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What is a double negative?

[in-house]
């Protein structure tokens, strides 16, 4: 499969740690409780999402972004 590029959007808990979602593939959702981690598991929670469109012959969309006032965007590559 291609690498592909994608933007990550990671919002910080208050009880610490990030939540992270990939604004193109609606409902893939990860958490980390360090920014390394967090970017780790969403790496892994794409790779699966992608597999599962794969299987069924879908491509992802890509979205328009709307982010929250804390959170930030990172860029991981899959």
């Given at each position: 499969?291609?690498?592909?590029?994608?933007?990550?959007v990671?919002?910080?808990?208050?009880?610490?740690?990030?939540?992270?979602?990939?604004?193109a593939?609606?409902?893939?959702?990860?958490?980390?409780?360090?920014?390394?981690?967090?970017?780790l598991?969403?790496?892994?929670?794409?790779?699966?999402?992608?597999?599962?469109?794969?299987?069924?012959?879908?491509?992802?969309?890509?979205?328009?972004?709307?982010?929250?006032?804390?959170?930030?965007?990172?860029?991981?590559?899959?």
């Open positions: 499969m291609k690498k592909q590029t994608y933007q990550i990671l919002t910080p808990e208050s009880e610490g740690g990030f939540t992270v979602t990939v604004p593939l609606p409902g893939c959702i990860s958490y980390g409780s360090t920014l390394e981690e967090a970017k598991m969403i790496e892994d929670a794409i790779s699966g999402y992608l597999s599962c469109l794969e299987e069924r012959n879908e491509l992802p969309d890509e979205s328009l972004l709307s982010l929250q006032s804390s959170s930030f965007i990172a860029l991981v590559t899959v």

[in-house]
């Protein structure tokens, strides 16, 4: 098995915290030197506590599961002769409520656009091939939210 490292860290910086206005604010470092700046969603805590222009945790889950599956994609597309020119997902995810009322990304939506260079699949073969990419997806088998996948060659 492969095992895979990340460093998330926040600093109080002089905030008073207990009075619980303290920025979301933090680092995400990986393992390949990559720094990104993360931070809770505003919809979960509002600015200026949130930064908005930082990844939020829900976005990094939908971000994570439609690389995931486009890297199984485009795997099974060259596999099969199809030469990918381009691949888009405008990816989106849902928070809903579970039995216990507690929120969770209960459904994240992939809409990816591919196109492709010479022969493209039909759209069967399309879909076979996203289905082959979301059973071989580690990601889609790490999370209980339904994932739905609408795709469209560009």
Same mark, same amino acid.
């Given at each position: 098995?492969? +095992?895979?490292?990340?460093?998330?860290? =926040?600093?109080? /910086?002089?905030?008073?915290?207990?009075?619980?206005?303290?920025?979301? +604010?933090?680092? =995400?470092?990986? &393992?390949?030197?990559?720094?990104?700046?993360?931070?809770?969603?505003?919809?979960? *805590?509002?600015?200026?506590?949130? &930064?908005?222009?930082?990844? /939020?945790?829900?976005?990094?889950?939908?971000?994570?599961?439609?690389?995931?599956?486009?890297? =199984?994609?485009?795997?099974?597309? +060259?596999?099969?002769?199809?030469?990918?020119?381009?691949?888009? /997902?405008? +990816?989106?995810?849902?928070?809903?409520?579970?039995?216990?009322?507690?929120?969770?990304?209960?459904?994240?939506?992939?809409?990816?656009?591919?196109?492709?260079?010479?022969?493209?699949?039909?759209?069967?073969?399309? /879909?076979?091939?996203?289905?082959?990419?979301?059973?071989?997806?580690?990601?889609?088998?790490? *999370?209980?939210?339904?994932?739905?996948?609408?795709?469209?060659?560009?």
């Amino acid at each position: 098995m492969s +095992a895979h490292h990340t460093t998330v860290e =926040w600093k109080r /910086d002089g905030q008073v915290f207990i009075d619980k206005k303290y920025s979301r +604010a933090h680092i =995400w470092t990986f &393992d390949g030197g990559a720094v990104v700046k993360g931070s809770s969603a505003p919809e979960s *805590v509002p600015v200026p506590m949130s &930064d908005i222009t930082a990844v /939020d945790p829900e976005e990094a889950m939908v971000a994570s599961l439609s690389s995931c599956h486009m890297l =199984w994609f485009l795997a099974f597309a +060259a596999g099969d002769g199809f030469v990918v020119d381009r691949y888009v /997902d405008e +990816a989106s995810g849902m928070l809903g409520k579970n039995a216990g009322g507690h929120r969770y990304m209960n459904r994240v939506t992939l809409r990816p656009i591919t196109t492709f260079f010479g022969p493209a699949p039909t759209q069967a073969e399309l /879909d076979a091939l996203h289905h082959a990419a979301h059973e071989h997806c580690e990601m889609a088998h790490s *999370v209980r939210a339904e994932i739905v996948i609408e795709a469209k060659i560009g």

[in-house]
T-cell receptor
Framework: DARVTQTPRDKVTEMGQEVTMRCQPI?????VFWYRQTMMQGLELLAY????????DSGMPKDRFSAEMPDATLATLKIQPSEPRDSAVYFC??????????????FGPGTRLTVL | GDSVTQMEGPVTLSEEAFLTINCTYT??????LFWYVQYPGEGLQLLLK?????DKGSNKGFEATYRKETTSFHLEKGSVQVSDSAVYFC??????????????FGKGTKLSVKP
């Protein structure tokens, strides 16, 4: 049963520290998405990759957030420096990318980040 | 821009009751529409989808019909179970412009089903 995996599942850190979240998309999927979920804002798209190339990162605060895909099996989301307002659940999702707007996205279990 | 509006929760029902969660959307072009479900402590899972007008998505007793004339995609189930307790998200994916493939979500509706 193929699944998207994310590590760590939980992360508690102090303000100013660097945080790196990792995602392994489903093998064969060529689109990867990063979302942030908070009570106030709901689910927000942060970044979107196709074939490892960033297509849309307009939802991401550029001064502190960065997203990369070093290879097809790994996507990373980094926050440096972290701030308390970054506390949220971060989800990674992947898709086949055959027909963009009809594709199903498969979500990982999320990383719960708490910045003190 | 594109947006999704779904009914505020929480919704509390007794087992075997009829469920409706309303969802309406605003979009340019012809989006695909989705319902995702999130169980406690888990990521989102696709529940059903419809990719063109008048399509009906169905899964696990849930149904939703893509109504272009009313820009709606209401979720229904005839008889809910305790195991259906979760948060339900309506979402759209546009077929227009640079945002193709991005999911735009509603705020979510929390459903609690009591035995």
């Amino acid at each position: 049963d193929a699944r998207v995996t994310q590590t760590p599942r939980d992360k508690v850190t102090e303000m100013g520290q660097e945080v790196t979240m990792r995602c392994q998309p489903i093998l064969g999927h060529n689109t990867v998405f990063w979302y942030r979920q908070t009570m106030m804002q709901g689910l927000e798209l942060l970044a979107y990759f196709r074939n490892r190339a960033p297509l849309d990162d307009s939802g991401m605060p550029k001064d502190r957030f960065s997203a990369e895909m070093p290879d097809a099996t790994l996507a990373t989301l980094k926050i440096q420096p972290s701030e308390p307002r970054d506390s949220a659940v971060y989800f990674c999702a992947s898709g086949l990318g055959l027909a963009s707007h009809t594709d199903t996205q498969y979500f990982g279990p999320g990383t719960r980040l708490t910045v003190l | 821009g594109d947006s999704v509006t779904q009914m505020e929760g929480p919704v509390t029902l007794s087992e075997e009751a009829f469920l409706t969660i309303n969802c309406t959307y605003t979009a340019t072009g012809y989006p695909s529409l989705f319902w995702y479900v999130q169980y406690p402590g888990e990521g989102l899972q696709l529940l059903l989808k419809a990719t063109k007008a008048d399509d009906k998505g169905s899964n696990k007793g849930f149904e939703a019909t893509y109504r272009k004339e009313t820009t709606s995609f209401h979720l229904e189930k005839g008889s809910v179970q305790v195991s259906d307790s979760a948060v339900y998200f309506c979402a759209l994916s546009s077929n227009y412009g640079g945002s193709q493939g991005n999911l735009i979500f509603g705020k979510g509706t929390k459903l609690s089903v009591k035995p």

A double negative is the use of two or more negatives in the same construction. Standard English, in most cases, does not permit using two negative words in one clause: "That means I didn't say nothing is unacceptable." However, standard English does permit double negatives in two circumstances: 1) when both negatives are logically required because each is negating something different as in "We can't not take this bus or we will be stuck here for the whole night," and 2) when the word not is combined with a negative prefix and it has the effect of producing a weak or polite positive as in "The hairdo is not unattractive," or "I am not inclined to disagree." Double negatives fall into two categories: 1) cases where the meaning is emphatically negative, and the phrase is common in many varieties of the language (though considered non-standard), as in "I never said nothing to nobody," and 2) the meaning is rhetorically positive and the construction is part of standard English, as "You can't not respect their decision."

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